2018 Focus: First Principles Lifestyle

With the start of a new year, I take the time to set my focus for the coming year. I believe that by being selective about where I direct my energy, I can achieve results that are exponentially greater than if I split that energy across many different goals.

More details about the process are in this blog post and you can review the results from past years (2013, 2014, 2015, 2016 & 2017).

2018 Theme: First Principles Lifestyle

The idea of first principles thinking is to remove preexisting assumptions and to build towards a conclusion from the ground up, challenging and testing every brick as you build.

A first principles lifestyle would be one in which all aspects of that life are chosen intentionally because they are the most effective ways to achieve a person’s goals. A life in which everything has been stripped back to the foundation and rebuilt intentionally. That life might look very unique, or it might not, its roots would be in the goals it is true to rather than how anyone else does or has done things.

This will be my theme for 2018 and I intent to spend time challenging assumptions I have about life, learning about the lives of others who are living first principles lifestyles and work towards defining a life that I can see our family adopting for years to come.

2018 Challenge: Profile 12 Families (w/ Kids) Living Intentionally Different

Relating to that theme, my challenge for this year is to profile 12 families, that have 1+ kid(s), that I consider to be living first principles lifestyles. People that have decided what is important to them and crafted lives that strip away all else to emphasize those things. People that have figured out how to do so while also having children, which makes everything a bit more challenging.

This will be challenging for me because it is the biggest writing project I’ve taken on where I am not writing about first hand experiences. I’ll have to get much better at getting the information I need ahead of time, rather than being able to pull it out of my mind as I’m writing.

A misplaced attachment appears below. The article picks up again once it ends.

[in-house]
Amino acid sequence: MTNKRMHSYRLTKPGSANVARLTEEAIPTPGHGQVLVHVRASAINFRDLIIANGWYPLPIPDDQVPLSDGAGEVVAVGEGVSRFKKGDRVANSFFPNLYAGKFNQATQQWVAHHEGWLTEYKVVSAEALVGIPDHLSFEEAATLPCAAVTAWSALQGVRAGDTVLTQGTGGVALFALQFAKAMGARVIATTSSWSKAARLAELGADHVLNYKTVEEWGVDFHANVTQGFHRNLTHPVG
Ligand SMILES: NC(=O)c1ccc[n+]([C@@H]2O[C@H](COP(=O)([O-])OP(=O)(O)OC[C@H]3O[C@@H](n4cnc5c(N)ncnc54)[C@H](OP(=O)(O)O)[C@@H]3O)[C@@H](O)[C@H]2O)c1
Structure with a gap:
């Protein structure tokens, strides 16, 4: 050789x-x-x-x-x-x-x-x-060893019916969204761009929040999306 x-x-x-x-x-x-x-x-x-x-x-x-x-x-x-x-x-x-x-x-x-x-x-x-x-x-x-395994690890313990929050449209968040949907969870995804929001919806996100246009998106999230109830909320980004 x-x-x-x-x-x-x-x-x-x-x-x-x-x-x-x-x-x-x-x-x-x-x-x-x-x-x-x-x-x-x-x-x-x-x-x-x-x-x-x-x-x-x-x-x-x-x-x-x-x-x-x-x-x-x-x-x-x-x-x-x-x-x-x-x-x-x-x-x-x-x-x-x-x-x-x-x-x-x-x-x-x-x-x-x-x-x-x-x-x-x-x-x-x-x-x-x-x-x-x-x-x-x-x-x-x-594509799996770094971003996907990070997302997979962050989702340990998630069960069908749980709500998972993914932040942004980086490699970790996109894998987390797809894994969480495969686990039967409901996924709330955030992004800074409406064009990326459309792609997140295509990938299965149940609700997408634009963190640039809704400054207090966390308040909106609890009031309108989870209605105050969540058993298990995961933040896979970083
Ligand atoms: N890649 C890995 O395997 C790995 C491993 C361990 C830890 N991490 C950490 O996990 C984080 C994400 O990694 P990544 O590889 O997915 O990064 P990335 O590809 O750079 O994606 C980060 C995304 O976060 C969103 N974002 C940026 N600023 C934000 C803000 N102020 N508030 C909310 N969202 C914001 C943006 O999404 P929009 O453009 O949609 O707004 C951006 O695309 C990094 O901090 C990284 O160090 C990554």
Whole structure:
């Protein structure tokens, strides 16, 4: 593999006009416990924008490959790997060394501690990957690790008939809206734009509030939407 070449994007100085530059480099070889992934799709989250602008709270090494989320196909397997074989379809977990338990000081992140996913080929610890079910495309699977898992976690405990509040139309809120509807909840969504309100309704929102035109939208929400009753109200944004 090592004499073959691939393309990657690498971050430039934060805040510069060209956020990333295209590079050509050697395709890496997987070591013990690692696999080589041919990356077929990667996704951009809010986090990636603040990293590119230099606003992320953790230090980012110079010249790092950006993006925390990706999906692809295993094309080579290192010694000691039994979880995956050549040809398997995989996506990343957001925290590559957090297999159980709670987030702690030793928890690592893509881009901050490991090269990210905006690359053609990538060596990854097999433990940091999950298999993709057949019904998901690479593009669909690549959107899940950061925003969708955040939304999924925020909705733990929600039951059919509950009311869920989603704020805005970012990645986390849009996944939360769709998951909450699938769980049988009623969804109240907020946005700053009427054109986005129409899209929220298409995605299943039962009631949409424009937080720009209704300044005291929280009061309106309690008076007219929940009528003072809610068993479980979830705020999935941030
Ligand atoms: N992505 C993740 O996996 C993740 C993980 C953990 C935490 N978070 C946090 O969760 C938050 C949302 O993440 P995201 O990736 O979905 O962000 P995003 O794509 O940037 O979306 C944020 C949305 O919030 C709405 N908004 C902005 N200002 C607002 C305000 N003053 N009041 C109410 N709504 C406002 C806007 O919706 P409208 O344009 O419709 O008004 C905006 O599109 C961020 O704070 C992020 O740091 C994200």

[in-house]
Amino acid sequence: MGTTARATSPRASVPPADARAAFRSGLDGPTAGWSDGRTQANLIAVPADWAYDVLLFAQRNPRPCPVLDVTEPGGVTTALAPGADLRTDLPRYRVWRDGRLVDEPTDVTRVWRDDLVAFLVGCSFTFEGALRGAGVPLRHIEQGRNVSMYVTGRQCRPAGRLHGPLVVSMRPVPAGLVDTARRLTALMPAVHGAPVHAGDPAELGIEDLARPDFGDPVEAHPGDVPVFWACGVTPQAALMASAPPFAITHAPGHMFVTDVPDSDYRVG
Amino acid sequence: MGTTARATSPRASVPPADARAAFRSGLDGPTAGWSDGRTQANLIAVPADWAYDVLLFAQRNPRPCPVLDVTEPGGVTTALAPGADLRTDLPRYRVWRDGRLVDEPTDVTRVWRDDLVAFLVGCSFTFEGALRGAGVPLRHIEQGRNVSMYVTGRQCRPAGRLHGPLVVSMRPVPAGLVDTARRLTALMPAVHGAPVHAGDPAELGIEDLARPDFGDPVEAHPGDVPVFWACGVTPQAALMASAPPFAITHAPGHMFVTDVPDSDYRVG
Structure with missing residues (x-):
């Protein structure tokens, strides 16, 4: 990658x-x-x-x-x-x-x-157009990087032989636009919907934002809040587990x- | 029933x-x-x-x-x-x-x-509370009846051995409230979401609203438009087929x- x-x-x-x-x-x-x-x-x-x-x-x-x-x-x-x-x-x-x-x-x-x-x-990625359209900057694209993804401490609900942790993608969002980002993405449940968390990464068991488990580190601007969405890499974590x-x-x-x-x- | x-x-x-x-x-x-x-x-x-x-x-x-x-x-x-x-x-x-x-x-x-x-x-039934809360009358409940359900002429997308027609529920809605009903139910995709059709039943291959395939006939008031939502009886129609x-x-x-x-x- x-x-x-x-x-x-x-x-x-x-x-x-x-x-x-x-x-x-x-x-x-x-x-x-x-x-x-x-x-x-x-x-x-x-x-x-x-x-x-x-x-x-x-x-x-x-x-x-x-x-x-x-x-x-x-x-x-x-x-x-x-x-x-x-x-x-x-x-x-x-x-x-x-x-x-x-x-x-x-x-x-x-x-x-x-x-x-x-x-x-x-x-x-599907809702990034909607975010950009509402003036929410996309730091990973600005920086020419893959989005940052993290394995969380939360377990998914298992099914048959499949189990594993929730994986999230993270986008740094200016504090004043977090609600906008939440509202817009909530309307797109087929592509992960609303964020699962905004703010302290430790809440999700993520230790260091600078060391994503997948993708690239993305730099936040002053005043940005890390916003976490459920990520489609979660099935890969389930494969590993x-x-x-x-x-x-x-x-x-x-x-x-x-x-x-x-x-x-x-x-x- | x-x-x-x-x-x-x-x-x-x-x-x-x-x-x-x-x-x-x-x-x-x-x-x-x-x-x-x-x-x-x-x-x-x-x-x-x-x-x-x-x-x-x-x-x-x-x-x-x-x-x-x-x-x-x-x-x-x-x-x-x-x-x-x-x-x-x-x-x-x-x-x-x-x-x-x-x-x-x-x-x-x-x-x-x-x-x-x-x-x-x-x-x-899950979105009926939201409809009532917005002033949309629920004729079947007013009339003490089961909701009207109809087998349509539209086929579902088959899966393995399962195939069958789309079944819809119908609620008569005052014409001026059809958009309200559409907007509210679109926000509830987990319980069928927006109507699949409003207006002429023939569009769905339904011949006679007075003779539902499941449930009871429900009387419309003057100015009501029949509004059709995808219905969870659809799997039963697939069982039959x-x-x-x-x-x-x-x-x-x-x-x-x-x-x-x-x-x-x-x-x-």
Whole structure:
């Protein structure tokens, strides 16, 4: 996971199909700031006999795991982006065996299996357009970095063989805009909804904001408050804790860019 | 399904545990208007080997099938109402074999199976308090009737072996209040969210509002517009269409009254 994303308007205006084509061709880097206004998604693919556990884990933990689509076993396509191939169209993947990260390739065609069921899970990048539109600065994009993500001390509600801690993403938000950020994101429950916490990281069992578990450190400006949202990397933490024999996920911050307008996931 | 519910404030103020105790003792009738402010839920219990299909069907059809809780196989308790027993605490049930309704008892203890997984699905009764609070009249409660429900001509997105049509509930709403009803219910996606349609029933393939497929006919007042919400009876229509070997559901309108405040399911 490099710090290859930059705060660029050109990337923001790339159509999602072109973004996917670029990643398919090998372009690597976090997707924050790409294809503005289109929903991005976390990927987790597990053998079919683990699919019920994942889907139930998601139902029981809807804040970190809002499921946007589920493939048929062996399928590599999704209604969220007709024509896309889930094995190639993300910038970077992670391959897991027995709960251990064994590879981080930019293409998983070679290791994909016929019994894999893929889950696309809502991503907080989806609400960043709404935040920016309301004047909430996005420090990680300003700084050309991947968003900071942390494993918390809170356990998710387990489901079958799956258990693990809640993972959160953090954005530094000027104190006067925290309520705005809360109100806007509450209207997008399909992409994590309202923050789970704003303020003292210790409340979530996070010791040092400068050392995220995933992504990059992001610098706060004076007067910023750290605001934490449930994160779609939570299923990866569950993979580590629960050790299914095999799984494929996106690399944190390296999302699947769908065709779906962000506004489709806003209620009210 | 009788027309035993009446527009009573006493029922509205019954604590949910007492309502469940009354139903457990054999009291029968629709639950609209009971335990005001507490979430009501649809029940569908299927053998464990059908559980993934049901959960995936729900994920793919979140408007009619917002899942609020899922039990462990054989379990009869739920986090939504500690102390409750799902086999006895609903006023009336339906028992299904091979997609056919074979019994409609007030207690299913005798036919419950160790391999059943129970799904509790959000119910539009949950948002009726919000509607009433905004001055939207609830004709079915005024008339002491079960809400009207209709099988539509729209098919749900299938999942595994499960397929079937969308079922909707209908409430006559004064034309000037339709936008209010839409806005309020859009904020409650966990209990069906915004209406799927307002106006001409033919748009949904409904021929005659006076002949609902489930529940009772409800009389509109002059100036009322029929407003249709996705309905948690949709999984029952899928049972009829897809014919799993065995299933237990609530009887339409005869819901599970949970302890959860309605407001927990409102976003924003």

Success for this challenge requires doing all of:

  • coming up with a format and series of common questions to learn about my subjects
  • completing 12 profiles
  • publishing them for others to read

Limiters I am putting in place include:

  • maximum of seven hours per week

Tiered results – extra stretch goals to reach for after achieving the binary result:

  • publish the profiles on a website other than GregKroleski.com
  • publish the profiles as an ebook with wide distribution
  • no more than 2 of the families were people I knew prior to Jan 1, 2018
  • publish the profiles as a paper book with a major publisher

2018 Habit: Daily Devotions

As I think about first principle living, one aspect that is foundational to the way I live and needs to be at the heart of future changes is my faith in God, His commands for how His people should live and the path He has uniquely set before our family.

I wrote in my 2017 end of year review about how last year’s exemplar, Eric Liddell, was emphatic on the importance of a daily devotional time. I believe that he was able to draw an unearthly amount of strength from that connection and I know that I may be asked to do the same.

My daily devotional time stands out as one way I can continually invest in; understanding God, seeing His will for our family and drawing strength from that. Despite the importance of this practice, this time is something that has come under fire for me as work, children and commitments have chipped away at the times I used to find ideal to set aside.

My habit for 2018 will be spending time in daily devotion: reading the Bible, praying, reading devotionals and reflecting. The goal will be to complete the habit a certain number of times per week and at the end of the year I will look back on how many weeks were successful. The number of days per week will start at three during the first quarter of the year and grow by one with each quarter, ending at 6 in the last quarter. The hope is that the progressive difficulty will make the goal achievable while slowly chipping away at obstacles that stand in the way of the end goal.

2018 Exemplar: John Muir

As I think about building a lifestyle from first principles, I wanted an exemplar that lived a life driven by their core values, even if it that resulted in it looking very different from their contemporaries. One such man is the naturalist, author and philosopher, John Muir.

Over one hundred years after his death, it seems appreciation for his lifestyle and the things he loved is still growing. He was on to something big long before anyone knew it was something at all. Most famous for being “The Father of Our National Park System” and the founder of the Sierra Club, Muir also balanced aspects of a more traditional life, running a family business, being a husband and father of two girls.

I’m interested in learning more about how he discovered his passions, how effectively he balanced them across his life, and how he was able to create a legacy that has lasted for over a century. It helps my interest that we share a common passion – I’ve spent a good bit of time over the past decade on land that his efforts helped preserve. Perhaps during this year I’ll make a point of visiting a bit more.